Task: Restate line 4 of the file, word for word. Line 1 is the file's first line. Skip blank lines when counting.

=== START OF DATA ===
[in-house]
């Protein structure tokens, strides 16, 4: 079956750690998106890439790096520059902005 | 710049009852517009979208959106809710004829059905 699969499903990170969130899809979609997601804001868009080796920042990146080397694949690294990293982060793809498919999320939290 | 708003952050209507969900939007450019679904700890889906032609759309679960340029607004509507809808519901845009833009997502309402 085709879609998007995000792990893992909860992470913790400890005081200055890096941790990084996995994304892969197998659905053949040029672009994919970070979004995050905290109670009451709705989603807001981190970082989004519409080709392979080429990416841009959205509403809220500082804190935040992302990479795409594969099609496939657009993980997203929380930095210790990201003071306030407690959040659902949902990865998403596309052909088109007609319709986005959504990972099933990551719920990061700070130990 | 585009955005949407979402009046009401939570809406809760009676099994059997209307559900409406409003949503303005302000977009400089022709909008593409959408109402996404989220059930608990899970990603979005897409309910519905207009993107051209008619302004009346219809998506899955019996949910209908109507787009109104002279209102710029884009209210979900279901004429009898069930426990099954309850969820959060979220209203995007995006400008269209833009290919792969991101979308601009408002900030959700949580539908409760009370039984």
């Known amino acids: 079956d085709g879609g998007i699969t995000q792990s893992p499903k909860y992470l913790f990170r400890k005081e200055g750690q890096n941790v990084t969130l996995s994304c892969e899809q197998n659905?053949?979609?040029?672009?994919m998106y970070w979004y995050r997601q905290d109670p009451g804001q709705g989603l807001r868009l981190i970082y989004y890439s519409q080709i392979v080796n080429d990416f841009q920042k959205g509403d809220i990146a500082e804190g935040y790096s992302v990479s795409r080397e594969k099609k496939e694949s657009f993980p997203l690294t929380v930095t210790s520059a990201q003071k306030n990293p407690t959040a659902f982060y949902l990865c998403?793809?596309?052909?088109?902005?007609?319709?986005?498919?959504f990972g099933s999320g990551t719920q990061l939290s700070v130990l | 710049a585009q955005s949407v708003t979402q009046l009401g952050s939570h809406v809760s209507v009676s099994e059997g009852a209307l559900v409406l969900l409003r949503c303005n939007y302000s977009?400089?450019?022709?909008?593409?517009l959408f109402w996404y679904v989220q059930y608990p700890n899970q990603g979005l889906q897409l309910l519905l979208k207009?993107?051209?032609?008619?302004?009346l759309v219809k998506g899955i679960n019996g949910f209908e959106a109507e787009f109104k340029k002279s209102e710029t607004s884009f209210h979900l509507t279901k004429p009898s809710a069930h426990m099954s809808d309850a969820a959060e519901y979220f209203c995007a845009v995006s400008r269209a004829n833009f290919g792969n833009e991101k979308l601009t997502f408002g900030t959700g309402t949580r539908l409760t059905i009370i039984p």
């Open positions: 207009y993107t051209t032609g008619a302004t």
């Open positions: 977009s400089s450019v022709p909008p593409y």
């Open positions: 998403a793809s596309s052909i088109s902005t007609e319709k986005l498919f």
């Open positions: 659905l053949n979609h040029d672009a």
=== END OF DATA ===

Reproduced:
């Open positions: 207009y993107t051209t032609g008619a302004t």